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Brain Res. 1994 Mar 14;639(2):217-27.

The control of circadian rhythms and the levels of vasoactive intestinal peptide mRNA in the suprachiasmatic nucleus are altered in spontaneously hypertensive rats.

Author information

1
Department of Biology, Georgia State University, Atlanta 30302.

Abstract

Vasoactive intestinal peptide (VIP) has been localized within the suprachiasmatic nucleus of the hypothalamus (SCN) and appears to play an important role in the entrainment of circadian rhythms with the light-dark (LD) cycle. The spontaneously hypertensive rat (SHR), an inbred strain used extensively in research on primary hypertension, has significantly more VIP mRNA in its brain than normotensive Wistar-Kyoto control (WKY) rats. Because VIP levels are abnormally high in SHR rats the present study examined whether the mechanisms controlling circadian rhythms are also altered in SHR rats. When entrained to a 24 h LD cycle, SHR rats began their wheel-running rhythm approximately 1.5 h earlier than WKY controls. SHR rats re-entrained to a phase delay in the LD cycle more slowly than did WKY rats, but tended to re-entrain to a phase advance more rapidly. The free-running period of SHR rats in both constant light and constant dark was significantly shorter than that of WKY rats. In SHR rats, phase delays produced by 1-h pulses of light were less than one-half the magnitude of the delays seen in WKY rats; however, the phase advances were nearly twice that of WKY rats. Using in situ hybridization, the SCN levels of mRNA encoding VIP were found to be significantly greater in SHR rats, but the mRNA levels of another peptide important for entrainment, gastrin releasing peptide, did not differ between SHR and WKY rats. These data indicate that the mechanisms controlling circadian rhythms in SHR rats differ significantly from those controlling rhythms in WKY rats and that VIP mRNA is significantly elevated within the SCN of SHR rats. The role of VIP in the entrainment of circadian rhythms is discussed.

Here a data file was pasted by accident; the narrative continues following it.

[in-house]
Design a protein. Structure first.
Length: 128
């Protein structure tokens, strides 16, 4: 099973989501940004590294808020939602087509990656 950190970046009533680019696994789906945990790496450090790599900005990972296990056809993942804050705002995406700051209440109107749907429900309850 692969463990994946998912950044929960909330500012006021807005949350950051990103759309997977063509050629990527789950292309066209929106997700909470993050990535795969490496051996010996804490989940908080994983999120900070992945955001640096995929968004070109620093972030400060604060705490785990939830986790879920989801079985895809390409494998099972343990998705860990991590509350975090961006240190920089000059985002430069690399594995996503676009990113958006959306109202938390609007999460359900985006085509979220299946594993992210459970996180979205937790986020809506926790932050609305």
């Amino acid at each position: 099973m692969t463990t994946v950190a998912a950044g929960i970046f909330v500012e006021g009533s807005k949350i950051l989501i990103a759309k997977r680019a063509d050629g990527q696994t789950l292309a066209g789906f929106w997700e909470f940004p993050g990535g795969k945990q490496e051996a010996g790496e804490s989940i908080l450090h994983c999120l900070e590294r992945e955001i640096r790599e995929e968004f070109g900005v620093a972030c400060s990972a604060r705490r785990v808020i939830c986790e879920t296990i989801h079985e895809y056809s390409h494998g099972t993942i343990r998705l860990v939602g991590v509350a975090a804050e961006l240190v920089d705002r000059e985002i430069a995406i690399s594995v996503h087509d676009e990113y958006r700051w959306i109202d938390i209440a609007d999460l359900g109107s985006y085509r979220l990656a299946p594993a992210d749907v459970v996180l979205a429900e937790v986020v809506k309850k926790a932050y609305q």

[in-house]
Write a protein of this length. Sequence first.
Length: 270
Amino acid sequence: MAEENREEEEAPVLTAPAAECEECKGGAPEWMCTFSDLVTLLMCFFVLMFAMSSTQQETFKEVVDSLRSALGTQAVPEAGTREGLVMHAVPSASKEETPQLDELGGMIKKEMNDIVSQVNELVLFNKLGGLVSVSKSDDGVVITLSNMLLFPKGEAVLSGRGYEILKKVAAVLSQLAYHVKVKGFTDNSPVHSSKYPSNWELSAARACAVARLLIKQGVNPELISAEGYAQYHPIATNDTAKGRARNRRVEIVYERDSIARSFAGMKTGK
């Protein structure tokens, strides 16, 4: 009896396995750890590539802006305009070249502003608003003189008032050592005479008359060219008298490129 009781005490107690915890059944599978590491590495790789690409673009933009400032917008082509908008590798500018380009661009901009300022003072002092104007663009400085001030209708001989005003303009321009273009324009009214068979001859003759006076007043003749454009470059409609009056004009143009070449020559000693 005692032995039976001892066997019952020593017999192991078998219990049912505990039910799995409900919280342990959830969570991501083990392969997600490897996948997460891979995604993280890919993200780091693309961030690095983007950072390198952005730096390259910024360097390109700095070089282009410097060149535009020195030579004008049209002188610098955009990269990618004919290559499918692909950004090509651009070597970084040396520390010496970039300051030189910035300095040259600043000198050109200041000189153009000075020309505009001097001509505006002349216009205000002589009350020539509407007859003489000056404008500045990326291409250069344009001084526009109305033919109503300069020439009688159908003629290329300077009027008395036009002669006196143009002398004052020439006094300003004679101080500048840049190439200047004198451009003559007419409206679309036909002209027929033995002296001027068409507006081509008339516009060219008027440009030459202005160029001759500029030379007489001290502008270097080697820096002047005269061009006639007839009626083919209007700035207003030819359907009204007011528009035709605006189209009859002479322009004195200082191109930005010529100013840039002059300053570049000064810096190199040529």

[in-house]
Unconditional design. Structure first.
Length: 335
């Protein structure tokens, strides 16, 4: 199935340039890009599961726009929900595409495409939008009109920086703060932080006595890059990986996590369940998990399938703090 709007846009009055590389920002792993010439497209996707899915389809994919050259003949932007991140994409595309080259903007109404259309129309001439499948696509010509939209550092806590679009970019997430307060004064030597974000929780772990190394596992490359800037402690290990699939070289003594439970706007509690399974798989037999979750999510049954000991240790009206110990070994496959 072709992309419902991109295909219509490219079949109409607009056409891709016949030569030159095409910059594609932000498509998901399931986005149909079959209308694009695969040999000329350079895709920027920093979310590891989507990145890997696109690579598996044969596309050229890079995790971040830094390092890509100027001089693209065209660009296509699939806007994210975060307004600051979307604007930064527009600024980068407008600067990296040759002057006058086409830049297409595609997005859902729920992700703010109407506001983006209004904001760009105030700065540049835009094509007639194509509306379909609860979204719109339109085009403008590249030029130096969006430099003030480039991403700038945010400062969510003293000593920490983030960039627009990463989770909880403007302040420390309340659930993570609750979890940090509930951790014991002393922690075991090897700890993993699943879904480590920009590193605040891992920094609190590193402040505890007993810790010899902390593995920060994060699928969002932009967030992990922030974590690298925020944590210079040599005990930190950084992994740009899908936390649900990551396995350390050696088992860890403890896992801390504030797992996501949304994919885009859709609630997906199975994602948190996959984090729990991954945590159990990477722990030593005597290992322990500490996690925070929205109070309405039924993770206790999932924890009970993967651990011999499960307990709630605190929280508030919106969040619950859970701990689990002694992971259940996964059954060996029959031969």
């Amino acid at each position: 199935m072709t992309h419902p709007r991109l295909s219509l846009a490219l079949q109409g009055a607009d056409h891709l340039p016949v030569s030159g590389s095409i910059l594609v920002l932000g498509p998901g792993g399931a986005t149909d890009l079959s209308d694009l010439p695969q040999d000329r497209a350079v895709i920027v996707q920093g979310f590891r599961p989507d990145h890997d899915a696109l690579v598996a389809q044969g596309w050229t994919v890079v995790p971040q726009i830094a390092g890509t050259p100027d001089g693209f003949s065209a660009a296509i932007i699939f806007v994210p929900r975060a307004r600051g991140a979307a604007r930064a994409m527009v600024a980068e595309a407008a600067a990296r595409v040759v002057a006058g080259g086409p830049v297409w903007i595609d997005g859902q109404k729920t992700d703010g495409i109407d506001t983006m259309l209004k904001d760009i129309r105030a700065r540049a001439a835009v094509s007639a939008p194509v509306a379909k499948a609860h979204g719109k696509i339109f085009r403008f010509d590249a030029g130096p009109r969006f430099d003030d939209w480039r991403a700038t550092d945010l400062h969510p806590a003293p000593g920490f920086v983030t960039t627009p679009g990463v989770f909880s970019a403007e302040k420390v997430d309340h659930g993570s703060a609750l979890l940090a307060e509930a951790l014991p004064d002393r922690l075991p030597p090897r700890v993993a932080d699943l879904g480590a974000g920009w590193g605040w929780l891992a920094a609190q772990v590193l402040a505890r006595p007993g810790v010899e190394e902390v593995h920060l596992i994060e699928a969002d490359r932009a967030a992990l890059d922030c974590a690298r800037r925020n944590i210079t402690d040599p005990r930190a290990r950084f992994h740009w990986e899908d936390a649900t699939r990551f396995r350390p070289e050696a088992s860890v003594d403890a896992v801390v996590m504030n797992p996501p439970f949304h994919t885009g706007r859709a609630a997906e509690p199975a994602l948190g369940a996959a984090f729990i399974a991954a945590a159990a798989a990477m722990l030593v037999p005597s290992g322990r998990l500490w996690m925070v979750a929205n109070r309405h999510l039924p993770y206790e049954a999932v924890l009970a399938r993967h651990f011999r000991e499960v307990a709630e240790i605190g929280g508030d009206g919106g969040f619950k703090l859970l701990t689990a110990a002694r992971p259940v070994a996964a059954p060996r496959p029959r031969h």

PMID:
8205475
DOI:
10.1016/0006-8993(94)91733-7
[Indexed for MEDLINE]

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